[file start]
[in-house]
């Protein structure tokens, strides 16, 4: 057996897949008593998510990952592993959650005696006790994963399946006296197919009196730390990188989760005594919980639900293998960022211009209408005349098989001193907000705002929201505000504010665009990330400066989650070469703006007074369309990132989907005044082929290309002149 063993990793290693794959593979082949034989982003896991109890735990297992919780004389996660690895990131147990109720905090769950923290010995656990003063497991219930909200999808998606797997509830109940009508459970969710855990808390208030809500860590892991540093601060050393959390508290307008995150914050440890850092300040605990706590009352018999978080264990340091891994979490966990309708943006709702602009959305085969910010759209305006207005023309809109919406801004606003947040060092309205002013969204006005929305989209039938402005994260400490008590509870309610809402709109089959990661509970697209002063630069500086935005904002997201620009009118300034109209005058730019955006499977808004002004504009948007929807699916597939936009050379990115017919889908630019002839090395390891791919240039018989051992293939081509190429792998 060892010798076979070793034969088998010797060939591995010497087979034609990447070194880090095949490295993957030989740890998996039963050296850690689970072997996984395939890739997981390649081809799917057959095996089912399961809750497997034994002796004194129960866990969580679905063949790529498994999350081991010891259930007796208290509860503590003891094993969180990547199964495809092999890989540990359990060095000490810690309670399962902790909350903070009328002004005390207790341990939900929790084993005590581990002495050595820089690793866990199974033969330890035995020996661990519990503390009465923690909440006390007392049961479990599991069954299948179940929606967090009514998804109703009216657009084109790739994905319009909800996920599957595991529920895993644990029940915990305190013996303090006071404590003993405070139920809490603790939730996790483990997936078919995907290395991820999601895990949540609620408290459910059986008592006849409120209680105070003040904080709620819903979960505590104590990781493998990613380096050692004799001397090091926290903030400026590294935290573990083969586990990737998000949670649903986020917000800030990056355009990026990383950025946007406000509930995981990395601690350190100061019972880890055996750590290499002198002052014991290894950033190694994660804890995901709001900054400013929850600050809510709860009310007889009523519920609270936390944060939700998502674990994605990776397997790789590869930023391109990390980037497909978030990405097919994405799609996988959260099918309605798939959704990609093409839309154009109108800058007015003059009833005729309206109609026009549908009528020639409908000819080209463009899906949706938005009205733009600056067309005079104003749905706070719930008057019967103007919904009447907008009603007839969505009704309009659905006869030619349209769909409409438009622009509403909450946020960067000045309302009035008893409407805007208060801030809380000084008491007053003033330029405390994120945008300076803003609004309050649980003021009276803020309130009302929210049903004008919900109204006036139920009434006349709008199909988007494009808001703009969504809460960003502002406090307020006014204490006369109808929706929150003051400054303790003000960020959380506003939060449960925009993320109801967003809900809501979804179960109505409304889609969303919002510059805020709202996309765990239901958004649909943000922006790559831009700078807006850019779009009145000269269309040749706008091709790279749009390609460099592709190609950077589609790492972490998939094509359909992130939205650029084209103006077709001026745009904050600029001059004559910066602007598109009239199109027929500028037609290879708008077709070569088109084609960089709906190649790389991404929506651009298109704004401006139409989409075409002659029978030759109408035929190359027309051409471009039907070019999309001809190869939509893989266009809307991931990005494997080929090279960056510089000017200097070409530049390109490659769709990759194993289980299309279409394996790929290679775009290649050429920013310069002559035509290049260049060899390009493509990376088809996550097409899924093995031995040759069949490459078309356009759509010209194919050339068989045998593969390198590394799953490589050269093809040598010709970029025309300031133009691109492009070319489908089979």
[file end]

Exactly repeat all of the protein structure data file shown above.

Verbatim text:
[in-house]
């Protein structure tokens, strides 16, 4: 057996897949008593998510990952592993959650005696006790994963399946006296197919009196730390990188989760005594919980639900293998960022211009209408005349098989001193907000705002929201505000504010665009990330400066989650070469703006007074369309990132989907005044082929290309002149 063993990793290693794959593979082949034989982003896991109890735990297992919780004389996660690895990131147990109720905090769950923290010995656990003063497991219930909200999808998606797997509830109940009508459970969710855990808390208030809500860590892991540093601060050393959390508290307008995150914050440890850092300040605990706590009352018999978080264990340091891994979490966990309708943006709702602009959305085969910010759209305006207005023309809109919406801004606003947040060092309205002013969204006005929305989209039938402005994260400490008590509870309610809402709109089959990661509970697209002063630069500086935005904002997201620009009118300034109209005058730019955006499977808004002004504009948007929807699916597939936009050379990115017919889908630019002839090395390891791919240039018989051992293939081509190429792998 060892010798076979070793034969088998010797060939591995010497087979034609990447070194880090095949490295993957030989740890998996039963050296850690689970072997996984395939890739997981390649081809799917057959095996089912399961809750497997034994002796004194129960866990969580679905063949790529498994999350081991010891259930007796208290509860503590003891094993969180990547199964495809092999890989540990359990060095000490810690309670399962902790909350903070009328002004005390207790341990939900929790084993005590581990002495050595820089690793866990199974033969330890035995020996661990519990503390009465923690909440006390007392049961479990599991069954299948179940929606967090009514998804109703009216657009084109790739994905319009909800996920599957595991529920895993644990029940915990305190013996303090006071404590003993405070139920809490603790939730996790483990997936078919995907290395991820999601895990949540609620408290459910059986008592006849409120209680105070003040904080709620819903979960505590104590990781493998990613380096050692004799001397090091926290903030400026590294935290573990083969586990990737998000949670649903986020917000800030990056355009990026990383950025946007406000509930995981990395601690350190100061019972880890055996750590290499002198002052014991290894950033190694994660804890995901709001900054400013929850600050809510709860009310007889009523519920609270936390944060939700998502674990994605990776397997790789590869930023391109990390980037497909978030990405097919994405799609996988959260099918309605798939959704990609093409839309154009109108800058007015003059009833005729309206109609026009549908009528020639409908000819080209463009899906949706938005009205733009600056067309005079104003749905706070719930008057019967103007919904009447907008009603007839969505009704309009659905006869030619349209769909409409438009622009509403909450946020960067000045309302009035008893409407805007208060801030809380000084008491007053003033330029405390994120945008300076803003609004309050649980003021009276803020309130009302929210049903004008919900109204006036139920009434006349709008199909988007494009808001703009969504809460960003502002406090307020006014204490006369109808929706929150003051400054303790003000960020959380506003939060449960925009993320109801967003809900809501979804179960109505409304889609969303919002510059805020709202996309765990239901958004649909943000922006790559831009700078807006850019779009009145000269269309040749706008091709790279749009390609460099592709190609950077589609790492972490998939094509359909992130939205650029084209103006077709001026745009904050600029001059004559910066602007598109009239199109027929500028037609290879708008077709070569088109084609960089709906190649790389991404929506651009298109704004401006139409989409075409002659029978030759109408035929190359027309051409471009039907070019999309001809190869939509893989266009809307991931990005494997080929090279960056510089000017200097070409530049390109490659769709990759194993289980299309279409394996790929290679775009290649050429920013310069002559035509290049260049060899390009493509990376088809996550097409899924093995031995040759069949490459078309356009759509010209194919050339068989045998593969390198590394799953490589050269093809040598010709970029025309300031133009691109492009070319489908089979």